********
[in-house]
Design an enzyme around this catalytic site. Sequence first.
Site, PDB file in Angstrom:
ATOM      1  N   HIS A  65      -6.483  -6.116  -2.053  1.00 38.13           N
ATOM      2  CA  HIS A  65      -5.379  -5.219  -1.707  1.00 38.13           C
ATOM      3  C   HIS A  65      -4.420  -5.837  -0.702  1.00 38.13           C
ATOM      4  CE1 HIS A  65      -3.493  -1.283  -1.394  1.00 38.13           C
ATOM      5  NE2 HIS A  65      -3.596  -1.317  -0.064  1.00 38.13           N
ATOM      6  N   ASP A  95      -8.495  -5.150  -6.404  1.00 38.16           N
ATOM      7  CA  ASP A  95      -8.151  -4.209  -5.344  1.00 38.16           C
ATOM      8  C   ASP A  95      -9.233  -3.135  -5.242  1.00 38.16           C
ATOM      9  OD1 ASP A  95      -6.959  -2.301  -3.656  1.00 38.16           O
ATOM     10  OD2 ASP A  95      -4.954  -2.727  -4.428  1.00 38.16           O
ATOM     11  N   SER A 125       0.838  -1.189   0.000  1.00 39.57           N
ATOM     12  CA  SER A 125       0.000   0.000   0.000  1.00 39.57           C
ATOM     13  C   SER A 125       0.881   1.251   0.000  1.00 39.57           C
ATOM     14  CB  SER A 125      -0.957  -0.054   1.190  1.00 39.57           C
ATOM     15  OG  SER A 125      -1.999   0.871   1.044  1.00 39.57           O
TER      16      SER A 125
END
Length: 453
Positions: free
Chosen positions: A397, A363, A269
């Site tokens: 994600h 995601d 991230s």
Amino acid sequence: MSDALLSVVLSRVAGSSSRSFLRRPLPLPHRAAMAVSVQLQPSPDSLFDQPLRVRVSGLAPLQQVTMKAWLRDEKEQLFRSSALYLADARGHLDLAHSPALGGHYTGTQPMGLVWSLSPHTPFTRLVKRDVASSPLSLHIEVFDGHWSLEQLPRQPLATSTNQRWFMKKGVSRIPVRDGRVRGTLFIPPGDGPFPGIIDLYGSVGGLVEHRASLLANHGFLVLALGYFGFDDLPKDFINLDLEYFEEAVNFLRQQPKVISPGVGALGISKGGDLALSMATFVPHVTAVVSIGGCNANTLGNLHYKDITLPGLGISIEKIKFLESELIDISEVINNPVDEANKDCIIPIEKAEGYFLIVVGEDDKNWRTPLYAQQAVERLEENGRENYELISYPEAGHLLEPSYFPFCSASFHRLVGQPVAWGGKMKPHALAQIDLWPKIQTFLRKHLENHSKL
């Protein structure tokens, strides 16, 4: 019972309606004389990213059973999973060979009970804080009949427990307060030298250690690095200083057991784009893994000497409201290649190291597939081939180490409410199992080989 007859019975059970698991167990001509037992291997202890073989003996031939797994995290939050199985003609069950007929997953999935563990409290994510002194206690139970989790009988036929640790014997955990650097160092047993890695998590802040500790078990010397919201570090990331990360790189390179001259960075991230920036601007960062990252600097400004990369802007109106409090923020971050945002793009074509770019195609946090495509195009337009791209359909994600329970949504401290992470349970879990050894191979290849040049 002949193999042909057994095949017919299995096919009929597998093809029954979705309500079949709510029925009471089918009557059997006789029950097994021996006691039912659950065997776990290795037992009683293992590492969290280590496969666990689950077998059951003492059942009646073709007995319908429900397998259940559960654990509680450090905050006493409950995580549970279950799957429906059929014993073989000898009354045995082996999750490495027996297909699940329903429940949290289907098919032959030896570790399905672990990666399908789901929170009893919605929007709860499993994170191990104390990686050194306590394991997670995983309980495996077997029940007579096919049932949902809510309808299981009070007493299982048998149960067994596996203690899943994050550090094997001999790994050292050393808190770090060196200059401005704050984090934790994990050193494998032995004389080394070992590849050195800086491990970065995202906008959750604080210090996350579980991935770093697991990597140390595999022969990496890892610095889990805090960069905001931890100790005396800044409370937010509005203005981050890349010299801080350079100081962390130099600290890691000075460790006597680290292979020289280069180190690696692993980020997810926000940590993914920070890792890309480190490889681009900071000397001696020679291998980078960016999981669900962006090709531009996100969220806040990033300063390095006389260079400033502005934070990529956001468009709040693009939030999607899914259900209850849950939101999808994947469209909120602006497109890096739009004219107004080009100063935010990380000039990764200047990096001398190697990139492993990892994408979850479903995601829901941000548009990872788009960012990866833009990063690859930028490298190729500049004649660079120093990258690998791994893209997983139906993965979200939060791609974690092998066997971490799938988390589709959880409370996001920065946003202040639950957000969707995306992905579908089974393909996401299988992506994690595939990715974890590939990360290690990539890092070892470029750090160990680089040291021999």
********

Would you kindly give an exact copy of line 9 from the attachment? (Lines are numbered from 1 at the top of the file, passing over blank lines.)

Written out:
ATOM      6  N   ASP A  95      -8.495  -5.150  -6.404  1.00 38.16           N